The rest of the trip was more conventional. We were up at 5:45am, walking at 6:45am, and covered the 3-4 miles to the Wild Oak Trail on the North River Gorge Trail with ease. The next 10 miles along the Wild Oak Trail, first climbing to Little Bald Knob then descending to Camp Todd, were challenging in the heat. We toughed it out, but by the time we reached Camp Todd, we were all hot. We took two hours off to lounge in the North River. Peter built a brilliant pool (pictures forthcoming).

Saturday, we enjoyed a beautiful campsite at Hiner Springs. Early Sunday morning, we climbed Hardscrabble Knob, which is a fun little walk through a forest of ferns with a few class 3 scrambling moves toward the end and a nice view. The descent of Ramsay's Draft was a bit of trial, though. The trail was terribly obscured in places due to tree fall from the storm, the river was dry, and virtually every sort of stinging, biting plant was gathered there--a forest of stinging nettle.

We were very happy to reach Carolyn's backpacker-mobile. A quick meal later, we were on the way home. I think our total split for the weekend was about 2--16 or 17--8, so 26-27 miles.

All in all, this was a truly adventuresome weekend that was made enjoyable by the quality of the company. As Peter said, it would have been easy to try to turn back when the storm hit, but we all had "just enough crazy in us" to plunge into the forest. I'm pretty sure we'll all be telling stories about this one for some time to come.


A former member posted on

Wow, thanks for the trip report Michael! Good on you guys for getting out there and hiking through it. We drove through the heart of the storm on the way out to Seneca and there were downed trees across the road, debris everywhere, and even a giant boulder in the middle of the road. Pretty crazy. It had died out by the time we arrived though, so I wasn't able to test the storm-worthiness of my Trailstar, but I'm glad to hear that yours held up well and glad you all made it back in one piece! I certainly wouldn't want to be out hiking in that heat and humidity though! :)

Michael Martin posted on

Yes, there was lots of excitement this weekend. The following is what Eric Azriel, a DC UL member who is out through hiking the AT, sent me:

"Merry checking in. This heat is messing with our schedules and mileage. The other day we climbed a 1000 foot mountain in 97 degrees (we carry thermometers now). There was no choice because water was on the other side. Climbing mountains in the heat is really hard and not a very good idea. So our routine has to change again - to hiking mostly at night. The first full night hike is tonight.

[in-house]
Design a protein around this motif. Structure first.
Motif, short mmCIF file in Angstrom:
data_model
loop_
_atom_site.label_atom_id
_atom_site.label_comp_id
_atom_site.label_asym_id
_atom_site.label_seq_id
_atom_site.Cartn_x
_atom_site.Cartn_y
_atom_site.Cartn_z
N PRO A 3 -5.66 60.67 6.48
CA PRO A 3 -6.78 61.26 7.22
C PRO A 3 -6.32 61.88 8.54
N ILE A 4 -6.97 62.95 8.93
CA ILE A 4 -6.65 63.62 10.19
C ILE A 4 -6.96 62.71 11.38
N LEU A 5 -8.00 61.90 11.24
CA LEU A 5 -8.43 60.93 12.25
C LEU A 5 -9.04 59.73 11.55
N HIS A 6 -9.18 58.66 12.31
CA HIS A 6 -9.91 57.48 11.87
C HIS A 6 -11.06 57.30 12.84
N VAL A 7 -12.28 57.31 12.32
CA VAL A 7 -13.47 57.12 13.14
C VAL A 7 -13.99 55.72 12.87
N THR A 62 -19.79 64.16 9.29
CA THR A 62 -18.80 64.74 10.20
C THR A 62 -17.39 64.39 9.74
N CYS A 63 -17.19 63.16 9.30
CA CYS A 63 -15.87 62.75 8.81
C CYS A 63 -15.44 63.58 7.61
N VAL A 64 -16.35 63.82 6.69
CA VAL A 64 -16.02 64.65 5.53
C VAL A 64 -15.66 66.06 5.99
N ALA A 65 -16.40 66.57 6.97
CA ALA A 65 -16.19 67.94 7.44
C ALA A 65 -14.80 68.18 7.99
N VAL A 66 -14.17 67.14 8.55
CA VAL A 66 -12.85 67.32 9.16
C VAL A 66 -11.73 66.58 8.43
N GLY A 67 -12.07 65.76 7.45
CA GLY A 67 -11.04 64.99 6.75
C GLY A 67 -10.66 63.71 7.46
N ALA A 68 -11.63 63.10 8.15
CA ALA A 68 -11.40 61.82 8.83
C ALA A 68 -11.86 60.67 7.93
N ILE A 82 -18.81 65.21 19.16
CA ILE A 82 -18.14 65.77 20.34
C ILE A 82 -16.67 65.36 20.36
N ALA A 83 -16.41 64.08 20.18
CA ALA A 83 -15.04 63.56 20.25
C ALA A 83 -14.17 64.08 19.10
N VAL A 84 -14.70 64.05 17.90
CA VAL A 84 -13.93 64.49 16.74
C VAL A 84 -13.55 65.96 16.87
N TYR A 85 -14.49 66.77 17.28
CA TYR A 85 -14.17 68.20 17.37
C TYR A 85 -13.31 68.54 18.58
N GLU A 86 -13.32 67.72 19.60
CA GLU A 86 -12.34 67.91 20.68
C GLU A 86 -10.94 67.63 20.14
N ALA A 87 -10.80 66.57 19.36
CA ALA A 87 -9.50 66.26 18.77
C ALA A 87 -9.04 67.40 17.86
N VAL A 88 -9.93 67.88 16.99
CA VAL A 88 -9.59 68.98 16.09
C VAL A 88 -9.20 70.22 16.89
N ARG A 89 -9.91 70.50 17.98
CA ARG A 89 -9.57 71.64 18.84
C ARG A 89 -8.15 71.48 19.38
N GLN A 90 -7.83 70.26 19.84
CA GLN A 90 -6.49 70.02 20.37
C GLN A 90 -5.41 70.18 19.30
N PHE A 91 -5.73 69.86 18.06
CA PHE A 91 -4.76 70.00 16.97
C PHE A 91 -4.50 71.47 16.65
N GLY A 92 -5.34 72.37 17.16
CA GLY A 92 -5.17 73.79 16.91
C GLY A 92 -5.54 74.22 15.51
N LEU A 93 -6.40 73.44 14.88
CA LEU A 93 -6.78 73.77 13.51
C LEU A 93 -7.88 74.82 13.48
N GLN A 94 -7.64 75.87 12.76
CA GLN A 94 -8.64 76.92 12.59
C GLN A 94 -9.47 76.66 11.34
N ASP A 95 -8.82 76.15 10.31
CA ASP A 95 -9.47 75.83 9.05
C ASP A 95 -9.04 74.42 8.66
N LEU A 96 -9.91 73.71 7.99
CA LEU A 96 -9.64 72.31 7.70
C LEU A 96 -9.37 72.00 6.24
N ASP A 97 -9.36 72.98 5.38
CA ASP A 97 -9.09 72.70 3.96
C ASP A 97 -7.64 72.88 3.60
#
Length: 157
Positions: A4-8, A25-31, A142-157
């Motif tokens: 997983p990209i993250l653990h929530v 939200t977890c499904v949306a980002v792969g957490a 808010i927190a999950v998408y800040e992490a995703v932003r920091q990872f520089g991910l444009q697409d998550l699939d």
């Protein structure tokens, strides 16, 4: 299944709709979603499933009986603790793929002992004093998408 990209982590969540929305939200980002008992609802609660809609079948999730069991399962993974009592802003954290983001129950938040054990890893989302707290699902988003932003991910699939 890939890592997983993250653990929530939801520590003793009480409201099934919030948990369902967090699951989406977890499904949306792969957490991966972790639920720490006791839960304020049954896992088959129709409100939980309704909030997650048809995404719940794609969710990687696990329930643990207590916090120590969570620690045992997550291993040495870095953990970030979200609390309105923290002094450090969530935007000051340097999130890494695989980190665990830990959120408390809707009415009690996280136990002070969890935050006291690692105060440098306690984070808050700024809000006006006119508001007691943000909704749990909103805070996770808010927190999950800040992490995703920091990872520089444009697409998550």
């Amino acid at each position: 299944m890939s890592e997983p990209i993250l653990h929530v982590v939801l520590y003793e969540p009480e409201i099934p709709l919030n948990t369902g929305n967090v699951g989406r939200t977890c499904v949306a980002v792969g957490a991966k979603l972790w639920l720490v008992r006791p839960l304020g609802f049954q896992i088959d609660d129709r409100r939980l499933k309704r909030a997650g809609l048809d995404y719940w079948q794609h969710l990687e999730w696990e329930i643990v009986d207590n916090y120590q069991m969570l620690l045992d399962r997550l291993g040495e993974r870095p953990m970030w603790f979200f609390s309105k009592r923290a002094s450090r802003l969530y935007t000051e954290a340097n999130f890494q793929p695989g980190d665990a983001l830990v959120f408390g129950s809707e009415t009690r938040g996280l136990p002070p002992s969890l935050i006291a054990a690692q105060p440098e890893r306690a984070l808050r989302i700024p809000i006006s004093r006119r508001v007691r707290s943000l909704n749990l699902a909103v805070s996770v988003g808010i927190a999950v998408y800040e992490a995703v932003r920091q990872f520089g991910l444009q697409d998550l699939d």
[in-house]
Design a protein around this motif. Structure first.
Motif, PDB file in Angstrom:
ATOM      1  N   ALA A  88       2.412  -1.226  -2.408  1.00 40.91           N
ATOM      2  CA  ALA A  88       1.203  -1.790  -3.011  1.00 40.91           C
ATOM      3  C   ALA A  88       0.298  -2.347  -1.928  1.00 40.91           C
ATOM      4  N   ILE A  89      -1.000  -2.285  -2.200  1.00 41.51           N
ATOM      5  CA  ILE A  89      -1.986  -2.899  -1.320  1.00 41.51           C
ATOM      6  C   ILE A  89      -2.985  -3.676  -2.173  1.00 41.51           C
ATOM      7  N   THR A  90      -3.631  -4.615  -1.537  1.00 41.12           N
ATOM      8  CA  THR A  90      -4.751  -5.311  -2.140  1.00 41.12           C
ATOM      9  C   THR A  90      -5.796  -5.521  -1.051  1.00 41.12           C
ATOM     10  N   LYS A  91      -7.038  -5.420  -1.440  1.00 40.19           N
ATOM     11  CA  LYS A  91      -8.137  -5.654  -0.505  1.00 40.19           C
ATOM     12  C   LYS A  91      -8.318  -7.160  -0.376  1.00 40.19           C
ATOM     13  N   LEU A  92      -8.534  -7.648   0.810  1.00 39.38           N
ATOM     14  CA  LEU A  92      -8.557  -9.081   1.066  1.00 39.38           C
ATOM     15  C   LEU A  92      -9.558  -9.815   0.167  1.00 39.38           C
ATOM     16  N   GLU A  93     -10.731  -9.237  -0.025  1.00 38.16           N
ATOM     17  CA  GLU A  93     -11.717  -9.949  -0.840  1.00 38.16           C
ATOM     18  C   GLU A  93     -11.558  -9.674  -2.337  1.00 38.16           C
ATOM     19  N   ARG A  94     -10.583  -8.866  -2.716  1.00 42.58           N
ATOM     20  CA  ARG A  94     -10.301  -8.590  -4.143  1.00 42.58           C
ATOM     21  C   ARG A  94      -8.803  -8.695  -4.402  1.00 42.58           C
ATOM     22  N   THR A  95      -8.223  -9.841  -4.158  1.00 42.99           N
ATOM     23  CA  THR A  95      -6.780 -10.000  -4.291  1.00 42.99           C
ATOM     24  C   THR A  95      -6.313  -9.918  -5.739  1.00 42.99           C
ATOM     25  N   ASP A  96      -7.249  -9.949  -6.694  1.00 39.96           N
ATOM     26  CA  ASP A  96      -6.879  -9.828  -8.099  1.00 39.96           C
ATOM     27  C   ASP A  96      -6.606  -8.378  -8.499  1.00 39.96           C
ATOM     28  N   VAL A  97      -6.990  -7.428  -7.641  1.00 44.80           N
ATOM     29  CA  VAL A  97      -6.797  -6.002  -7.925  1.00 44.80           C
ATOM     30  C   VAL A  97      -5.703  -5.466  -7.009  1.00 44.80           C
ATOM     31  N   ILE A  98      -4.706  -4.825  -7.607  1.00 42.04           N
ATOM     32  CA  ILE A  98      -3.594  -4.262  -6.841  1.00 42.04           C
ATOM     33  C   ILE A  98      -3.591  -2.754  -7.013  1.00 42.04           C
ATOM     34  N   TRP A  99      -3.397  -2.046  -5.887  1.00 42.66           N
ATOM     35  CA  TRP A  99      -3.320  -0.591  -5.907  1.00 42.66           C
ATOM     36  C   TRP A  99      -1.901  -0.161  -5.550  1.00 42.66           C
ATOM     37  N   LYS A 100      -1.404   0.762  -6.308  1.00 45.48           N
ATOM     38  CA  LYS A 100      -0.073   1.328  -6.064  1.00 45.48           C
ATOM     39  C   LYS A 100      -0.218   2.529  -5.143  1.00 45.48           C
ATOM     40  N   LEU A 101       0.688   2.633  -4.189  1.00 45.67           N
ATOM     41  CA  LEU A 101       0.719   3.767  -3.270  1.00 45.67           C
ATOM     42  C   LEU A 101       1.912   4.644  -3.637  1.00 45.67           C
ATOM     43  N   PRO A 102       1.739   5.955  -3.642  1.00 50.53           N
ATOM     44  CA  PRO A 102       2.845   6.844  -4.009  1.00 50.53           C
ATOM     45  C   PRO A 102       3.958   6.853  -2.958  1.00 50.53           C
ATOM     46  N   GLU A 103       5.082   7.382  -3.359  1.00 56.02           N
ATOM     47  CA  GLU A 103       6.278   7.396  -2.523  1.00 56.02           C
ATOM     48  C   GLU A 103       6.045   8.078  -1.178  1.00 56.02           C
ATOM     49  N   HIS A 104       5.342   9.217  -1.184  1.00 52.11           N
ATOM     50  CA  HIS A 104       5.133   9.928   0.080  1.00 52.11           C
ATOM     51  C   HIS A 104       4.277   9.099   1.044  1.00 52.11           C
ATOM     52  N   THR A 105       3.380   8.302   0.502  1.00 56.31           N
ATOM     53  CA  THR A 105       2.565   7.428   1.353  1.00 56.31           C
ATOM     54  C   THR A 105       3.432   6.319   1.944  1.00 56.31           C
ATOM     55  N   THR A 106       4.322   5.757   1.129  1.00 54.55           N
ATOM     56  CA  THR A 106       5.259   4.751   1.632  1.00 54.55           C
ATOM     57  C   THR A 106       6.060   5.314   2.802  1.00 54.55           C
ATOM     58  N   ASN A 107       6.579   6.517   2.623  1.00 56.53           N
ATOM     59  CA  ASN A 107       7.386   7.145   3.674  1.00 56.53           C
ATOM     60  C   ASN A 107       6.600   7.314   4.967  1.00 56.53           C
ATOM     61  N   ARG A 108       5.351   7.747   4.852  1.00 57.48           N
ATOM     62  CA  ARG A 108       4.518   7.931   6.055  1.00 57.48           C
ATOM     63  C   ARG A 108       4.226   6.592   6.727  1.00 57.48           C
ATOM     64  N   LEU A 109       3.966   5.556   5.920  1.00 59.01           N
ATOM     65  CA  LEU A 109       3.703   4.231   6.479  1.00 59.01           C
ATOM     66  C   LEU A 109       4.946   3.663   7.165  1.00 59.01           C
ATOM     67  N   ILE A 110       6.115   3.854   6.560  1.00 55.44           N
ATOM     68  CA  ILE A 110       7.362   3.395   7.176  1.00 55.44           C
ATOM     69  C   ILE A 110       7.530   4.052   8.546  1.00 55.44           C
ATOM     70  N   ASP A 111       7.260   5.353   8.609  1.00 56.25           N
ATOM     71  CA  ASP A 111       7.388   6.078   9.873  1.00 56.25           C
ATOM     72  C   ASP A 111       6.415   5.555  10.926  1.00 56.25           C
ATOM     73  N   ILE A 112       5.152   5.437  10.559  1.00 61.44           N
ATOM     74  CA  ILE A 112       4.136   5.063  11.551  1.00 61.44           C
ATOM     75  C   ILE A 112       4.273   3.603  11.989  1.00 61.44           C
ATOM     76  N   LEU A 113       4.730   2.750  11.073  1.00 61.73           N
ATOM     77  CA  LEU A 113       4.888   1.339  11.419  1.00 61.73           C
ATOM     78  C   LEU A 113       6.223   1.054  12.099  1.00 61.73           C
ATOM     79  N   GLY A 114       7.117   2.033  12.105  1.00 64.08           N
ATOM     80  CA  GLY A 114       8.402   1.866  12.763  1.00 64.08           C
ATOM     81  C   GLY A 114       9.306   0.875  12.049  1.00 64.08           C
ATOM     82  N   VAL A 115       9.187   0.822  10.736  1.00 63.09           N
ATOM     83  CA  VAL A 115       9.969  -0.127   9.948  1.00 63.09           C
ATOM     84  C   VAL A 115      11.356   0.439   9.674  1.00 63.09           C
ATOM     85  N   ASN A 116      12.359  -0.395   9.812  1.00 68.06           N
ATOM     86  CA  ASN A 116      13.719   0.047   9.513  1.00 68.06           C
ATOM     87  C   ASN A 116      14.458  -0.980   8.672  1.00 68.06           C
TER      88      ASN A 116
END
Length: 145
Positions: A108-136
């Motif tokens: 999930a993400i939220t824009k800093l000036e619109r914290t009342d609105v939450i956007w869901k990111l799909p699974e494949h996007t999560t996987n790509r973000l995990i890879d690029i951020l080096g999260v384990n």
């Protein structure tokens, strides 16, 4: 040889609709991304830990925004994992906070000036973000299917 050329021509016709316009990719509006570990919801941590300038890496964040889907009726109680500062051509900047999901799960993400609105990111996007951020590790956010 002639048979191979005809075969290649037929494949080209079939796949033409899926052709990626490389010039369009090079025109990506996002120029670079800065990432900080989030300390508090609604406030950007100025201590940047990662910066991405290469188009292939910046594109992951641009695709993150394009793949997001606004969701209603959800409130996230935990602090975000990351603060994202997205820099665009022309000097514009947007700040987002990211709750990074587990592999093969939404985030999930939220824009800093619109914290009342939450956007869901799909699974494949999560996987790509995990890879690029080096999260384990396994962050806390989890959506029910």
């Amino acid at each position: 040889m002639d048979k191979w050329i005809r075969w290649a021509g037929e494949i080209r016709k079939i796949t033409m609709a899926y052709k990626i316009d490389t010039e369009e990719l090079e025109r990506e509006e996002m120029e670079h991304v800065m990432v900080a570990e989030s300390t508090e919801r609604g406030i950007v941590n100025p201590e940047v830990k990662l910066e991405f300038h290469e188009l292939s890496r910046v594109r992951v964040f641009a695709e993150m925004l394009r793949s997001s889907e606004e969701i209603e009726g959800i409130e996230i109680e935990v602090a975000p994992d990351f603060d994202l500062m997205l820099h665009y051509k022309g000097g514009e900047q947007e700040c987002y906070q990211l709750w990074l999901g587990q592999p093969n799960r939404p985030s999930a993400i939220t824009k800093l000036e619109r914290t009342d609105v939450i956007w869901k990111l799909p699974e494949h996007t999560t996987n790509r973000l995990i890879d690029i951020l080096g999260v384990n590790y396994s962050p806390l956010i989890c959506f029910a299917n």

"You may be wondering if that storm that came through hit us. That night we were turning into bed when a roaring started far in the distance. Two minutes later debris screamed through the air pelting our tents and the sound and pressure became intense. It sounded like a freight train passing only feet away. Sweet n' Sour and I fled camp, running down the mountain. We left all of our gear, the threat was so large and we had so little warning. I wasn't even wearing my shoes.

"For an hour we sat on the lee side of the mountain, only 200 feet from our camp at the ridge top, watching the flashes of lightning and listening for the roaring wind to slacken. In a lull we ran to camp, grabbed as much gear as we could and ran back down the mountain. While the wind roared and lightning flashed 200 feet away, the lee was silent and still. Very little rain fell.

"Before two hours passed, it was all over. Large trees were down all around camp. The ground was a carpet of green leaves. Our tents survived and so did all of our gear. The next day we moved many trees from the path and climbed over many more that required a saw. The power of that storm was awesome.

"Now I'm hiking towards Waynesboro where my ne weather radio will be waiting for me. But that's not until 5 or 6 pm when the heat breaks.

"Hiking on,